Recently opened restaurant Trou Normand, owned by Thad Vogler and commanded by chef Salvatore Cracco, promises to have an extensive selection of charcuterie offerings, a unique apple brandy based cocktail menu, and a dynamic restaurant bar setting. We headed over to sample the restaurant’s preserved meat selections and other menu offerings. Did the restaurant meet our expectations? Let’s find out.
Ambiance / Exterior
[maxgallery name=”trou-normand-exterior-interior”]Located at 140 New Montgomery Street,the restaurant is nestled on the ground floor of the 89 year old PacBell Building (aka Yelp building). Lacking notable signage, the concealed entrance sits between the slate gray terracotta walls of the antique building. The interior dining area is composed of two rooms adjoined by a narrow corridor. The main dining room includes a stark looking bar and a relatively small amount of booth seating along the outer walls. Through a small corridor lies a smaller community seating room where a single large table, kitchen line window, and an exit to the patio resides. Unavailability in the main dining area gave us an opportunity to be seated at the this room’s large table. We noticed that due to the table’s large width, couples and small parties were forced to sit either on the corners or on identical sides. The community room may need to be rethought once the outside patio is completed as it lacks the comfort and energetic happy hour vibe that we found passing through the main room. Overall, the interior is clean and understated but we question the placement, size, and layout of the rooms.
Whist Cocktail – aged rum, calvados, sweet vermouth
[maxgallery name=”trou-normand-whist-cocktail”]We anticipated the arrival of the rum based Whist Cocktail as it contained calvados, an apple brandy rum from France from where the restaurant derives its name. Distilled from apple cider, the spirit can have aromas of apples and pears with flavor complexities similar to aged wine based brandy. Unfortunately, the drink seemed to fight with itself as the sweet flavors of the calvados clashed with the sweet botanical profile of the vermouth. A sharp initial alcohol flavor hinted to an excessive amount of or low quality rum. There were interesting vanilla undertones but it wasn’t enough to save this imbalanced cocktail.
Fennel Salami – Sicilian Fennel Seed
[maxgallery name=”trou-normand-salami”]The restaurant prided itself on homemade preserved meats as the menu unabashedly boasted a large array of salamis, lardos and meat pâtés. The salami and pork pâté in the fennel salami dish exceeded our expectations as the homemade preserved meats tasted remarkably fresh and flavorful. The sharp flavored mustard paired well with the meats but the french baguette was cold and the jellied aspic lacked notable flavor and was difficult to spread. For six dollars the dish wasn’t expensive, but we would have gladly paid more for higher quality accompaniments that complemented and celebrated the fresh flavors of homemade meats.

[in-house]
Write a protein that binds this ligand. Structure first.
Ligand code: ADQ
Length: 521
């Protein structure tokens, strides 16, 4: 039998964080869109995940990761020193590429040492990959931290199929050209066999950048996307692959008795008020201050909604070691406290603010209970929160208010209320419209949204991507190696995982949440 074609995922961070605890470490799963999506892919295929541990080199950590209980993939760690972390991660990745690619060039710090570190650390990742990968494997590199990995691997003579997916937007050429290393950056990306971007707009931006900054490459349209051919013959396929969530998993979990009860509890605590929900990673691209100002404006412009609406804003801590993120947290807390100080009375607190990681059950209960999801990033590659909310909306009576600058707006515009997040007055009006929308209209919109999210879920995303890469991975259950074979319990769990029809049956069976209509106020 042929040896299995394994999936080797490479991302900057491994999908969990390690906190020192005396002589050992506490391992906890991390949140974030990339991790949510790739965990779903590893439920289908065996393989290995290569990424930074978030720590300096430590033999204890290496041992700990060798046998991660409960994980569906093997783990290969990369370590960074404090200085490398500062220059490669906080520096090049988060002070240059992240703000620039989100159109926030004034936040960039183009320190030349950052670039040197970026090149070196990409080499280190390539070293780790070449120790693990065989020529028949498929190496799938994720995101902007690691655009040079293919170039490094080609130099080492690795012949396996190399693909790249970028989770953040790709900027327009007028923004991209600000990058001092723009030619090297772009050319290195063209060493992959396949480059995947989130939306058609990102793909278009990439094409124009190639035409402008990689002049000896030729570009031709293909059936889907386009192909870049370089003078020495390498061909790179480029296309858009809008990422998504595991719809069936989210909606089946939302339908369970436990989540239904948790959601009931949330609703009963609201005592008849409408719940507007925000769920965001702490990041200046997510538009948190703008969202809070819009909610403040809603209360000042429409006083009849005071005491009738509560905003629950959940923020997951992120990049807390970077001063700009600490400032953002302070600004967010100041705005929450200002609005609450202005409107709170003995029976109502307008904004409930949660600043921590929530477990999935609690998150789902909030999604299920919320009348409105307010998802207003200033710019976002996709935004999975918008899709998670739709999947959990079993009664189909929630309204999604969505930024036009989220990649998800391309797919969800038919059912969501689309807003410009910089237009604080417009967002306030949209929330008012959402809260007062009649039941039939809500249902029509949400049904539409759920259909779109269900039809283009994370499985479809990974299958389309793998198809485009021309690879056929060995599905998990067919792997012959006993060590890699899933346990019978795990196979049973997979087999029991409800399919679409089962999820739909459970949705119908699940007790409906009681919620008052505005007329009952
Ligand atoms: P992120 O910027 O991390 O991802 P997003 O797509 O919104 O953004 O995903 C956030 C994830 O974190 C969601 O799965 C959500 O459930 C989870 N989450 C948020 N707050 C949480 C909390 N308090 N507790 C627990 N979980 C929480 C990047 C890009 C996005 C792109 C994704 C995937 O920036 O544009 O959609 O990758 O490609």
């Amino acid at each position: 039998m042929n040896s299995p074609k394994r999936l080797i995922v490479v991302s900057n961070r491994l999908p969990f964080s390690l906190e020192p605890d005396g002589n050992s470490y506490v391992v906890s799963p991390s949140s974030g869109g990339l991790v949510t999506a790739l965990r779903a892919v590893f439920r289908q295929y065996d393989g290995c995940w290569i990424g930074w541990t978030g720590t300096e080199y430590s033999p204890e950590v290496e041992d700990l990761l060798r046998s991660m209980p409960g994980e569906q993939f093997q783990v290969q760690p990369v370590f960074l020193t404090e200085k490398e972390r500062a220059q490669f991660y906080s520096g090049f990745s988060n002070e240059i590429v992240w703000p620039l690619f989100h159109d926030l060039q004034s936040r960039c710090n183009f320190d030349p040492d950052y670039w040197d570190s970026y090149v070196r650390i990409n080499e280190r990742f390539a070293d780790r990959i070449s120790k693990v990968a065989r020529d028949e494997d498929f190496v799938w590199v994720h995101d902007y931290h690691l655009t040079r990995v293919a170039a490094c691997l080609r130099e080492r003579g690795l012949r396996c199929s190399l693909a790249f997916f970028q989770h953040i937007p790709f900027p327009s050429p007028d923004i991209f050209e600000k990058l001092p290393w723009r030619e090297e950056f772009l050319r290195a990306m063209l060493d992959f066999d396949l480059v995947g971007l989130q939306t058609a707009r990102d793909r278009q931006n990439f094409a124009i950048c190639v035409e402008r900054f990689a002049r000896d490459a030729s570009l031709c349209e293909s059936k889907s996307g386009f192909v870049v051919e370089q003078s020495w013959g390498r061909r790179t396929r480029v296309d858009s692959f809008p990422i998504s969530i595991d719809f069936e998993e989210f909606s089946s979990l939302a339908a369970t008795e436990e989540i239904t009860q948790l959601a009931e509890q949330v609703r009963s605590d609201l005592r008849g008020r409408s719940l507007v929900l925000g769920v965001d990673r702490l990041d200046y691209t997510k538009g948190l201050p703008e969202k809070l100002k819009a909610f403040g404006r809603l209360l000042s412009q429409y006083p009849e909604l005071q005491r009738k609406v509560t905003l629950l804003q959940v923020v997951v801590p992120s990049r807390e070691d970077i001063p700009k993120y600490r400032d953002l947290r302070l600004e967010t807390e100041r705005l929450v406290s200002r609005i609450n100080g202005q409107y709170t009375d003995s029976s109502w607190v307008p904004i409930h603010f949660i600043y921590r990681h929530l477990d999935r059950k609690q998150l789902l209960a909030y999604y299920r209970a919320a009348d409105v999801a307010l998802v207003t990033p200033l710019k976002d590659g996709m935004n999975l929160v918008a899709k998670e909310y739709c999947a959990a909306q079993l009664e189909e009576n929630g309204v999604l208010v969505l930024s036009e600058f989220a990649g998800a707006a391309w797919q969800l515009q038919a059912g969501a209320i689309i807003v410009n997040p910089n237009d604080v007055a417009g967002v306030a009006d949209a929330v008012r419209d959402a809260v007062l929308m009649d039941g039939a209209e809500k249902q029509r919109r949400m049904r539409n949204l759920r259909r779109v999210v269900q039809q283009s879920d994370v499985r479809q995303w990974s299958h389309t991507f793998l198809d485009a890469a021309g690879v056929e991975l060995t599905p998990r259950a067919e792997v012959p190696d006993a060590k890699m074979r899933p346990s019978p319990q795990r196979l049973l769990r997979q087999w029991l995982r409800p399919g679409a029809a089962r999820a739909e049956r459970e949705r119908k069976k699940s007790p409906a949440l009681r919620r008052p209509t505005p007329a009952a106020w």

Sausage Plate – Fennel & Basil, Chicken Sausage
[maxgallery name=”trou-normand-sausage-platter”]The sausage plate consisted of a six inch pork sausage over a bed of sauerkraut and a chicken sausage laid over cilantro infused yogurt. The chicken sausage was flavorful but excessively dry and crumbly, and was wrapped in a chewy casing. The pork shared similar qualities and also contained relatively large unappealing bits of hard fat. A restaurant that prides itself on the art of charcuterie needs also to nail the fresh meat offerings, however, our sausage examples seemed to be more of a work in progress.
Whole Petrale Sole – White Wine Sauce, Chive
[maxgallery name=”trou-normand-sole-fish”]The petrale sole, which was personally deboned by the server, was tender and tasted fresh. The drizzled white wine sauce was light and complemented the fish but the sprinkled chives were tough and over cooked. Disappointingly, the fish was served à la carte and laid the onus of selecting a compatible accompaniment on the patrons.
Roasted Spring Alliums – Garlic Vinaigrette
[maxgallery name=”trou-normand-spring-alliums”]We chose the roasted spring alliums as our side dish for the à la carte served sole. The onion-like alliums were flavorful and sweet but roasted past the caramelization phase and well into carbonization, which made them dry and tough to chew. Additionally, they were doused in a low quality oil that greased the mouth and felt heavy in the stomach.
Apricot Mission Pie
[maxgallery name=”trou-normand-apricot-dessert”]The Apricot pie had a moist crust and strong apricot flavored filling. Its only flaw, the intense tartness, was calmed by the added ice cream.
Clearly, chef Salvatore Cracco (who was the butcher at Bar Agricole) has a knack for fermented and cured meats as the quality of the salami and pâté were exceptional. However, the fresh variety of sausages suffered from dryness, large hard fat bits, and chewy casings. There were additional flaws in our cocktail and other entree selections. More focus and attention needs to be directed to the cocktail ingredients, vegetable cooking techniques, dish accompaniments and table arrangements. For now, it’s a work in progress.